Booking an artist is usually considered a great way for promoters and event planners to make money. After all, if the artist is highly-regarded, they have a built-in customer base, and their fans will show up usually if they know about the show. And if they’re a little more obscure, the artist will be so grateful for the opportunity to showcase their talents that they’ll do a lot of the legwork in bringing people to their show, right?
Too often, that’s not the case. In fact, many concert and event promoters actually lose money on artist bookings, and they learn the hard way that securing an artist for an event is only part of the equation. While it’s all well and good to secure the artist, there are a lot more considerations to take into account in order to determine whether it ends up being a profitable endeavor for the promoter. With this in mind, let’s take a look at some of the other factors that can be the difference between a positive experience with booking an artist and a nightmare.
Overestimating the Artist’s Popularity
When booking an artist, it’s easy to be drawn in by the amount of hype or buzz an artist has. When considering acts to book, some promoters simply do a quick straw poll of their friends and contacts to determine if they would see the show, but if you’re looking for a thousand or more people to attend, asking a handful of people isn’t going to give you an accurate projection of the turnout.
Other promoters use things like the number of Spotify streams an artist gets as a barometer of that artist’s popularity, and they assume that just because a good amount of people listen to that artist, they can expect a similarly high turnout to their show.
But there’s more to an artist’s popularity than the number of people listening to their music. After all, listening to a song is a mostly-passive activity: all the audience has to do is press “Play” and sit back and listen. On the other hand, actually attending a concert is an active endeavor: people have to pay money for the show, make plans to get there, and plan their entire evening around one activity. And it’s the difference between those types of activities that can determine whether or not people pay the price of admission.
Finally, you should always take into account where an artist’s fanbase is located. Booking the Arctic Monkeys for an event in London is a smart move; booking them in Omaha is not.
Underestimating the Artist’s Rider
The most famous example of an artist’s rider is probably Van Halen’s “no brown M&M’s” stipulation. While it might seem like another example of a celebrity ego gone wild, there was actually a good reason for it: if a promoter hadn’t read the contract in enough detail to notice that request (or saw it and decided to ignore it anyway), then there was a good chance that they also didn’t see or chose to ignore the other stipulations in the rider (like the proper stage setup) that were there to ensure the band’s safety.
Nearly every touring artist has a rider in their performing contract that sets terms for the equipment, setup and amenities they require. Depending on the artist, however, the specifics of the rider can vary, and not paying close attention to detail can cost promoters far more than they expected. Promoters should always take a careful look at an artist’s rider before agreeing to the terms of the contract.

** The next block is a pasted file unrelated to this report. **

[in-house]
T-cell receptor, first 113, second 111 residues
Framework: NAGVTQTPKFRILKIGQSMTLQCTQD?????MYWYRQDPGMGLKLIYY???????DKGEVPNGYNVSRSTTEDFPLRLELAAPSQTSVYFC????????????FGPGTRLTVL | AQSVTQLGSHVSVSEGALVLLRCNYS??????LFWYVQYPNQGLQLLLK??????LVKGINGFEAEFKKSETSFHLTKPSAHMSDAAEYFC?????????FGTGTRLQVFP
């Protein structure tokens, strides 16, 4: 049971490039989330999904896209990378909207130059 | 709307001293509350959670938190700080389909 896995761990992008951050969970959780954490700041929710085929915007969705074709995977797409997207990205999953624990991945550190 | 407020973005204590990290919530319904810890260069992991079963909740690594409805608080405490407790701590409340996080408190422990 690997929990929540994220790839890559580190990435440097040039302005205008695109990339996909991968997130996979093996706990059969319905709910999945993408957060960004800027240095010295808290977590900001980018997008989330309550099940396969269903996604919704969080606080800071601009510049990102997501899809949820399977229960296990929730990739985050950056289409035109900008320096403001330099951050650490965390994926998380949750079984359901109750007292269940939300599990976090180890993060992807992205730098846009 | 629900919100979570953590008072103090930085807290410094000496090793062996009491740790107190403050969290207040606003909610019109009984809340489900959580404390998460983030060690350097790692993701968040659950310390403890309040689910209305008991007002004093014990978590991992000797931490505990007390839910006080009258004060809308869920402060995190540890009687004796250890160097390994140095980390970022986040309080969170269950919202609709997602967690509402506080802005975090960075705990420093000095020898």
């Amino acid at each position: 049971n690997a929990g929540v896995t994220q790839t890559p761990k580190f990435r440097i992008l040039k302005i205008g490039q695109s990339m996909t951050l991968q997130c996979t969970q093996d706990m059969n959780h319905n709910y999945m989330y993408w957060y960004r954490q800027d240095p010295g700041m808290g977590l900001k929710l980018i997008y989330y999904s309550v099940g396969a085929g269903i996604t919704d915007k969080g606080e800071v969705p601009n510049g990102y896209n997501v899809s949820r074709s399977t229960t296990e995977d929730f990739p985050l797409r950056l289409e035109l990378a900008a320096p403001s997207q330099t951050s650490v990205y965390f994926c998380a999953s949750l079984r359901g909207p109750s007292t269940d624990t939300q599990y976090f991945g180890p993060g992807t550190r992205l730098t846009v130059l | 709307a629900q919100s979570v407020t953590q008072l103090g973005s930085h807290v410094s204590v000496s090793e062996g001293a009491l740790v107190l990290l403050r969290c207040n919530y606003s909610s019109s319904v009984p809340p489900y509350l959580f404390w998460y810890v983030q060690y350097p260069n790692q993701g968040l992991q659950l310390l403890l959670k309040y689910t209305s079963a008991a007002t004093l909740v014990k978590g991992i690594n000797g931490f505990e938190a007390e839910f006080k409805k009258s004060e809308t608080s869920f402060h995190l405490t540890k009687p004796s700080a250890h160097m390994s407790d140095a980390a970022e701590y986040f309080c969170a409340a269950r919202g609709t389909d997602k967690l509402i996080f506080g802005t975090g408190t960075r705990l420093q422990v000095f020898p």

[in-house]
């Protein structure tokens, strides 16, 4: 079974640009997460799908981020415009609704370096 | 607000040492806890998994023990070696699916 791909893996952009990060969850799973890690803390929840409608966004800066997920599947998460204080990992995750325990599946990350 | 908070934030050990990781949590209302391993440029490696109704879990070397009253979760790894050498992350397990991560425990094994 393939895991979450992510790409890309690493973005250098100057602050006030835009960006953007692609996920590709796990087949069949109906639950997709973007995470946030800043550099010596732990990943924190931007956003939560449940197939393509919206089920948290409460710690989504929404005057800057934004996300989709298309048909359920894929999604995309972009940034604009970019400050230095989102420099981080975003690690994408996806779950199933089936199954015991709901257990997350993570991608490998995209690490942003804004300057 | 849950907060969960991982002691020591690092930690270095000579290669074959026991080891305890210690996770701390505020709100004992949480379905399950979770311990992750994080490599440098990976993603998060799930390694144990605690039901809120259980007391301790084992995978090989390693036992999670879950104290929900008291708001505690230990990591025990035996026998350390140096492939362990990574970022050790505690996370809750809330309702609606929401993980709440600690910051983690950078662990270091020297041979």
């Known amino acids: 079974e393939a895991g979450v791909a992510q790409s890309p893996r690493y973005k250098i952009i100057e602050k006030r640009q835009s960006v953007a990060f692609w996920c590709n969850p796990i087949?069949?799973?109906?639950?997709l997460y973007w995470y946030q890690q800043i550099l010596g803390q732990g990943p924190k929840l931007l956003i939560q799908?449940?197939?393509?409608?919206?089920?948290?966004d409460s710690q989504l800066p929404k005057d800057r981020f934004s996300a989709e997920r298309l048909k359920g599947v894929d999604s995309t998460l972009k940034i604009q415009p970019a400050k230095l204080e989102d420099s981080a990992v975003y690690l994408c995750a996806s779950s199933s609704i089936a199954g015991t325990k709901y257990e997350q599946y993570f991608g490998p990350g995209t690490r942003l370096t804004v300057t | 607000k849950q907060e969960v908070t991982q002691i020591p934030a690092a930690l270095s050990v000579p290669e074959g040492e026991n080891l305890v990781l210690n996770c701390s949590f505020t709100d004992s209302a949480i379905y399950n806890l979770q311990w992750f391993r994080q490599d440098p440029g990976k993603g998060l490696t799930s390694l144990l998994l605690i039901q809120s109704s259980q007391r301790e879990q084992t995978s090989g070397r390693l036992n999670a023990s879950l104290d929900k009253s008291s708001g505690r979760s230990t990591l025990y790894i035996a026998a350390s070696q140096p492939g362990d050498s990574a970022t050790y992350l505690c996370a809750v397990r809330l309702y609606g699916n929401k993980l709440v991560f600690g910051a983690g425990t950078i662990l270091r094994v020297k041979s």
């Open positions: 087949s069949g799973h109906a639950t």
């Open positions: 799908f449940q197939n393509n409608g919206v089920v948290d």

In addition to securing the artist and making sure people attend the show, promoters are also responsible for setting the ticket price. Like everything else in the realm of artist bookings, this can go bad fast if it’s not done correctly and responsibly. It’s a difficult balancing act: set the prices too low, and the promoter won’t make enough money to cover the costs; set them too high, and people won’t bother to pay for a ticket.
When setting the ticket price, a lot of promoters make the mistake of dividing the cost of the artist and the venue by the expected number of people who will attend. So if the venue and artist cost $100,000 and the capacity for the venue is 5,000 people, the promoter thinks “I can charge $20 per ticket in order to break even, so I’ll charge $40 and make a profit.” And if it were that simple, we wouldn’t be talking about it.
What this “math” (if you want to call it that) fails to take into account is, well, a laundry list of things. For one, the cost of the artist and the venue aren’t the only costs associated with putting on an event. If the artist’s rider adds $50,000 worth of equipment and other expenses to the bill, then the break-even number is now $30 per ticket. Well, still making a profit, right?
Sure- assuming the place is filled to capacity. If only 4,000 people show up, the promoter loses $10,000 after paying all the expenses. And though it might be tempting to say “Next time, I’ll charge $60 per ticket just to be sure,” keep in mind that the higher that price gets, the less people are going to be willing to pay it.
So when figuring out the ticket cost, promoters should first determine exactly how much they’ll need to spend on everything: the artist’s appearance fee, the items in their rider, the venue, security, et cetera. They should also confirm (and double-confirm) the artist’s fee before the contract is signed, and they should also look at the average percentage of attendance capacity the artist actually brings in. If an artist consistently only sells enough tickets to meet 75% of a venue’s capacity, the promoter should adjust the ticket price to reflect that.
There are enough variables in the booking industry to keep promoters on their toes. But by using the data available to them and being thorough in their research, they can minimize the number of unknowns and focus on what they do best: putting on a great show.